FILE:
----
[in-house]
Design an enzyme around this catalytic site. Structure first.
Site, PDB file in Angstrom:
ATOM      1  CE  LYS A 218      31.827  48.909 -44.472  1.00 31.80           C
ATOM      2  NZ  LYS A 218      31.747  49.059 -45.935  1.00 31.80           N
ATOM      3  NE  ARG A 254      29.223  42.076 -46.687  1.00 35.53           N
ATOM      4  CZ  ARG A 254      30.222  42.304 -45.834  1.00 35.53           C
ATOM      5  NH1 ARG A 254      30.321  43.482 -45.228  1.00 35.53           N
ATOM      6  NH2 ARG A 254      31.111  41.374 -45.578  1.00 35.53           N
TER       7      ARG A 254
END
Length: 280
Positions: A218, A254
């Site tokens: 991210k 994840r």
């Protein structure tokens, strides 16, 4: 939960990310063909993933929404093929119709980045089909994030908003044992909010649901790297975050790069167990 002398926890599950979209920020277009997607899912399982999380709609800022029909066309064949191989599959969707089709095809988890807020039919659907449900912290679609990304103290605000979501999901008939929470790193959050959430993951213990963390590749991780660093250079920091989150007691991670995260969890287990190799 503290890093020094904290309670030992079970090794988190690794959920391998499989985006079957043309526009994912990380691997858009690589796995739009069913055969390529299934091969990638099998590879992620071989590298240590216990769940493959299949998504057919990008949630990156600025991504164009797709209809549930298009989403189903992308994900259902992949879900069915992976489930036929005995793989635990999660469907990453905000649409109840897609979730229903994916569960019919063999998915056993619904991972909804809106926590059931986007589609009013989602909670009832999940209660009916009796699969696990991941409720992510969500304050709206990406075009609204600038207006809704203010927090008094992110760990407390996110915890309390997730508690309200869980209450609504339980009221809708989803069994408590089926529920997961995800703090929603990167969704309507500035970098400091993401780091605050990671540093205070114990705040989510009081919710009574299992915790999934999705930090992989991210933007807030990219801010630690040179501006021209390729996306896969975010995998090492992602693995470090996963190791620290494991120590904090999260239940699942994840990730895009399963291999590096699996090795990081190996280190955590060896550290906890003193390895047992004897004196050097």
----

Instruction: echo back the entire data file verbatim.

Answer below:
[in-house]
Design an enzyme around this catalytic site. Structure first.
Site, PDB file in Angstrom:
ATOM      1  CE  LYS A 218      31.827  48.909 -44.472  1.00 31.80           C
ATOM      2  NZ  LYS A 218      31.747  49.059 -45.935  1.00 31.80           N
ATOM      3  NE  ARG A 254      29.223  42.076 -46.687  1.00 35.53           N
ATOM      4  CZ  ARG A 254      30.222  42.304 -45.834  1.00 35.53           C
ATOM      5  NH1 ARG A 254      30.321  43.482 -45.228  1.00 35.53           N
ATOM      6  NH2 ARG A 254      31.111  41.374 -45.578  1.00 35.53           N
TER       7      ARG A 254
END
Length: 280
Positions: A218, A254
């Site tokens: 991210k 994840r």
């Protein structure tokens, strides 16, 4: 939960990310063909993933929404093929119709980045089909994030908003044992909010649901790297975050790069167990 002398926890599950979209920020277009997607899912399982999380709609800022029909066309064949191989599959969707089709095809988890807020039919659907449900912290679609990304103290605000979501999901008939929470790193959050959430993951213990963390590749991780660093250079920091989150007691991670995260969890287990190799 503290890093020094904290309670030992079970090794988190690794959920391998499989985006079957043309526009994912990380691997858009690589796995739009069913055969390529299934091969990638099998590879992620071989590298240590216990769940493959299949998504057919990008949630990156600025991504164009797709209809549930298009989403189903992308994900259902992949879900069915992976489930036929005995793989635990999660469907990453905000649409109840897609979730229903994916569960019919063999998915056993619904991972909804809106926590059931986007589609009013989602909670009832999940209660009916009796699969696990991941409720992510969500304050709206990406075009609204600038207006809704203010927090008094992110760990407390996110915890309390997730508690309200869980209450609504339980009221809708989803069994408590089926529920997961995800703090929603990167969704309507500035970098400091993401780091605050990671540093205070114990705040989510009081919710009574299992915790999934999705930090992989991210933007807030990219801010630690040179501006021209390729996306896969975010995998090492992602693995470090996963190791620290494991120590904090999260239940699942994840990730895009399963291999590096699996090795990081190996280190955590060896550290906890003193390895047992004897004196050097």